Joost Luiten’s winning edge at the close of the European Tour’s inaugural NBO Oman Open was a reasonably comfortable two shots. But it was even closer than that. Two holes before he would two-putt for a rock-solid par on the final green to shoot a closing 68 and end the ultimately despairing challenge of Englishman Chris Wood, the 32-year-old from the Netherlands was standing over a 25-foot putt for birdie on the par-5 16th at the Greg Norman-designed Al Mouj course. Wood, then the other co-leader at 15 under par, was up ahead and about to drive from the penultimate tee.
Things changed pretty quickly. Moments after Wood hooked his tee-shot into a water hazard, Luiten rolled in his putt to regain the lead he had earlier relinquished with bogeys on the seventh and eighth holes. And when Wood could do no better than a bogey, the eventual margin of victory was established. Perhaps the only moment of doubt came when Luiten, 90th on the World Ranking, pulled his approach left of the 17th green. Not exactly the most accomplished chipper in professional golf, the now six-time European Tour champion saved par by putting close from the relatively heavy fringe grass.
“This is why I play golf, to hold trophies,” said Luiten, whose previous victory came in his homeland at the 2016 KLM Open. “It is always tough to win out here. And today was a nice battle with my friend, ‘Woody.’ There was a lot of pressure today, but down the stretch I hit some nice shots and made some good putts. I did drop a couple of silly ones going out. My aim after that was just to create chances and hopefully take a few.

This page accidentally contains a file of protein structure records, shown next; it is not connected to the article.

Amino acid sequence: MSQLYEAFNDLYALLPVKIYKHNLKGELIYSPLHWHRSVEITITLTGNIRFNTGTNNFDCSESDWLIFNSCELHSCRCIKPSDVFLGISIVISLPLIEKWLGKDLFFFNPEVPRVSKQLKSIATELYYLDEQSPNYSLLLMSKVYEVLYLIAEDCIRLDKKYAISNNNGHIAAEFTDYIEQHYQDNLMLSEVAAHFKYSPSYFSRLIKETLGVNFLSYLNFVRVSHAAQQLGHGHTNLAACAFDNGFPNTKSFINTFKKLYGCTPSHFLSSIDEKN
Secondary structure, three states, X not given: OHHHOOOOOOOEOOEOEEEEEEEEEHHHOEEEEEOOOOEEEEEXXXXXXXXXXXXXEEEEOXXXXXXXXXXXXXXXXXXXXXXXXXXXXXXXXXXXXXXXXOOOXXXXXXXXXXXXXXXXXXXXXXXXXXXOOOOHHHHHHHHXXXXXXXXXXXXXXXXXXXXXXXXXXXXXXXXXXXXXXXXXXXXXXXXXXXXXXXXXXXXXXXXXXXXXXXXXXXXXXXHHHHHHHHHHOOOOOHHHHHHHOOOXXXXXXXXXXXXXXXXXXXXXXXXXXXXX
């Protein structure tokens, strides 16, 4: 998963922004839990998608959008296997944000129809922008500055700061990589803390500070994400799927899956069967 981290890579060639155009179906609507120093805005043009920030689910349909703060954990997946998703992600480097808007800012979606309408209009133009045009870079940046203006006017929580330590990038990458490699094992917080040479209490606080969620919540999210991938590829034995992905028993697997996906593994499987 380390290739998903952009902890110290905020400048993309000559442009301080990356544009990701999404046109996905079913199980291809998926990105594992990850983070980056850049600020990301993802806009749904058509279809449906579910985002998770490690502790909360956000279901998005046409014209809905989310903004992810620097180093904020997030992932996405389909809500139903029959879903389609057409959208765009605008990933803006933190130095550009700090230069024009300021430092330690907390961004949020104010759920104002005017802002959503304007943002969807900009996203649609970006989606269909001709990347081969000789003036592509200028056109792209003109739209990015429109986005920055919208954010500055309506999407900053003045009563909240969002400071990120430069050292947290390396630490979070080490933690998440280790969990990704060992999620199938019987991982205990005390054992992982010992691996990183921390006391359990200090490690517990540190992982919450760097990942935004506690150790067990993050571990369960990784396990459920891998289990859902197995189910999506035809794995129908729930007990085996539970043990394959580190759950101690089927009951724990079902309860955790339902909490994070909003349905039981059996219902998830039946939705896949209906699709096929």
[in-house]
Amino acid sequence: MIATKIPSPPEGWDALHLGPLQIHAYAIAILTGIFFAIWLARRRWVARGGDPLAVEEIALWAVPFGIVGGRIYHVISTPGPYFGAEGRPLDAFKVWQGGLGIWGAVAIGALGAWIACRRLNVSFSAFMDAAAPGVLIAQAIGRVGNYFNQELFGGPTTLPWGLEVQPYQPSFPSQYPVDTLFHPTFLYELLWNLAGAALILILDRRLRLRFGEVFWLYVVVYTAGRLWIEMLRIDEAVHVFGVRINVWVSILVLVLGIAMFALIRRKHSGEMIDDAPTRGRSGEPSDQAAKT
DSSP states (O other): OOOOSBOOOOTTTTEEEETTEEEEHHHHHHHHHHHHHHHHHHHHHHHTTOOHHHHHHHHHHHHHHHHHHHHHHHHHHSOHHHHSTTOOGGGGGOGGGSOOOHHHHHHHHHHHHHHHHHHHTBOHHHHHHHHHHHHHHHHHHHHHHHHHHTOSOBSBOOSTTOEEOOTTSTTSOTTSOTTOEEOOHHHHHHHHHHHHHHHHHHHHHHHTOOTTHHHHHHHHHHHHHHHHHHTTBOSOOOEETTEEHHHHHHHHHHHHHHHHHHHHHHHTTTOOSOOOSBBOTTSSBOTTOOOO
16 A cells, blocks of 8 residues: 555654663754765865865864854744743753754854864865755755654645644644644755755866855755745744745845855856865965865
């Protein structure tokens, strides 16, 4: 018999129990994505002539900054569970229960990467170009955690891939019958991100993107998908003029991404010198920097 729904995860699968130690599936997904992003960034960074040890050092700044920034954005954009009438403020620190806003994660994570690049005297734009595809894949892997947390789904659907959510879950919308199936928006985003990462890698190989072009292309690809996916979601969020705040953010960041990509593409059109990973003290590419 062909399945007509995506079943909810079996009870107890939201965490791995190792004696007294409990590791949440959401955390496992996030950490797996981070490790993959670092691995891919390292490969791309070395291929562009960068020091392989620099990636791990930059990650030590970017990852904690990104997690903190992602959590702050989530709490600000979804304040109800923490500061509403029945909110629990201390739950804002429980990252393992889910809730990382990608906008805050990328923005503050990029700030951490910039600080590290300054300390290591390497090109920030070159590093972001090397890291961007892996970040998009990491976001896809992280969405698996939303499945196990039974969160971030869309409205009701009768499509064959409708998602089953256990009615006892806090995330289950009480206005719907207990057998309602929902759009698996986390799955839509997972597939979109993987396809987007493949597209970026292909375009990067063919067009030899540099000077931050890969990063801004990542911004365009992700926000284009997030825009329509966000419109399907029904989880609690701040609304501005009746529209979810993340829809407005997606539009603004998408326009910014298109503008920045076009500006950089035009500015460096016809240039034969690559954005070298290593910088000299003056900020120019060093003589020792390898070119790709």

“The putt on 16 really closed the door on the other guys. I wasn’t tempted to go for the green in two. I played that hole smart. As for the Ryder Cup, I need to win a couple more times to have a chance. But if I play more good golf, you never know what might happen.”
For all his obvious disappointment at not picking up what would have been his fourth victory as a professional, Wood was encouraged by this long-awaited return to something like his best form. Down to 51st on last season’s Race to Dubai and having missed the halfway cut in all three of his most recent European Tour appearances, the lanky Englishman arrived in the Gulf State ranked a lowly 109th in the world. Less than two years ago, he was the BMW PGA champion and, when he hunted current World No. 1, Dustin Johnson, to the final green in the Sunday singles at the last Ryder Cup, was himself ranked as high as 32nd.
Later this week, the European Tour will feature what is likely to be the last-ever Qatar Masters. As a result, look for Oman to link up with Abu Dhabi and Dubai in 2019 to form what will be a three-week long “Middle East Swing.”